Do we need good works for salvation? No. Our good works proceed from our salvation. They are the fruit of our salvation.
Our good works could never get us to salvation but they should abound in our salvation. People should know that we follow Jesus. We should be loving one another like no one else on the planet.
God loves us so much that he didn’t make us get fixed in order to receive his salvation. His love did all of that for us, but now that we have received this gift, we should truly be a light unto the world so people can see our good deeds and bring glory to God.
God designed us special. We are made to do good works. God made us a list of things to do even before we knew that we would get to do them.
We were destined by God to do these good works and we get to do them because God loves us so much.
We are saved by grace through faith. Our salvation is all from God and not by our own works.
Now that we are saved, let our good works be known to all so that they may bring glory to God.
As we venture through the third chapter of this letter, Paul notes that God’s will has been a mystery to us. God desires that none perish. He desires his whole creation to be reconciled to him.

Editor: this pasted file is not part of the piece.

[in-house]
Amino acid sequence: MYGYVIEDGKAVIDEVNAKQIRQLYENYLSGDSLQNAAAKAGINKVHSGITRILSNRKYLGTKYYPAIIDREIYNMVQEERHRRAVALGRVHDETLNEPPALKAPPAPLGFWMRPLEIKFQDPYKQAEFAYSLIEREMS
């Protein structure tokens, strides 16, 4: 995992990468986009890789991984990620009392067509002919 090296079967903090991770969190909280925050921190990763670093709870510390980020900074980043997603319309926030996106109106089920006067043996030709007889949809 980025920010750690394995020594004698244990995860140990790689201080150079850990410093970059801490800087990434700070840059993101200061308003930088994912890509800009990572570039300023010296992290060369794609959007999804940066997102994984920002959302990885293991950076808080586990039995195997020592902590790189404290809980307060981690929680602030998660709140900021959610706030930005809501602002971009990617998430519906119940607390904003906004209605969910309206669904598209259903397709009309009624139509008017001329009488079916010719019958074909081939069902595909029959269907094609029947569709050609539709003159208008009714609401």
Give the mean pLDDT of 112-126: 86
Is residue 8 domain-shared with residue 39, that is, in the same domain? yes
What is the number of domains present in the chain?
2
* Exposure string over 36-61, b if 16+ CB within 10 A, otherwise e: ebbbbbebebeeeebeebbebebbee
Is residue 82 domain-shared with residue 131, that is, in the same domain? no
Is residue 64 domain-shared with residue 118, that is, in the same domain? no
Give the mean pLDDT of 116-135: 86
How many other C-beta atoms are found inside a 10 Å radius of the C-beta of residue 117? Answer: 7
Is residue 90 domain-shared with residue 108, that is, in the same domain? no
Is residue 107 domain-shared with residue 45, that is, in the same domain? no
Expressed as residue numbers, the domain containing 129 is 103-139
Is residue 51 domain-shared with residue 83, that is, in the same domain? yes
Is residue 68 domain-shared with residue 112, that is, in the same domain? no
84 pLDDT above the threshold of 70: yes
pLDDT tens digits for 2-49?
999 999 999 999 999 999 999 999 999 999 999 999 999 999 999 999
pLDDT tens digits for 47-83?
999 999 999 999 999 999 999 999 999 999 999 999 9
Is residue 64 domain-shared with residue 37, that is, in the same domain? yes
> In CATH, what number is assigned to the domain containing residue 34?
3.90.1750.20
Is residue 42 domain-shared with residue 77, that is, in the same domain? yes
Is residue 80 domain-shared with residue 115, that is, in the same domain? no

The act of atonement was the sacrifice of the Lamb of God who takes away the sin of the world. The work of this age has been given to the church.
Those who still wrestle with rules fail to understand the boundless riches of Christ. There is a mindset among many Christians that somebody has to go to hell. For us to enjoy heaven, somebody has to be roasting in hell. The hotter the temperature, the more we can enjoy heaven.
It's only fair, right?
If God did what was fair, we might all find a miserable eternity. Do we forget so quickly that we are saved by God’s mercy and grace? We did not and do not deserve to be saved from sin and death and hell. Only the love of God saves us from destruction and damnation.
We should have eyes to see the boundless riches of Christ. We should have eyes to see grace that extends far beyond our transgressions.
We should have eyes to see that God desires a relationship with us where we come to him as Father, Abba, Daddy.
There’s a meme of sorts going around with this being the gist of it.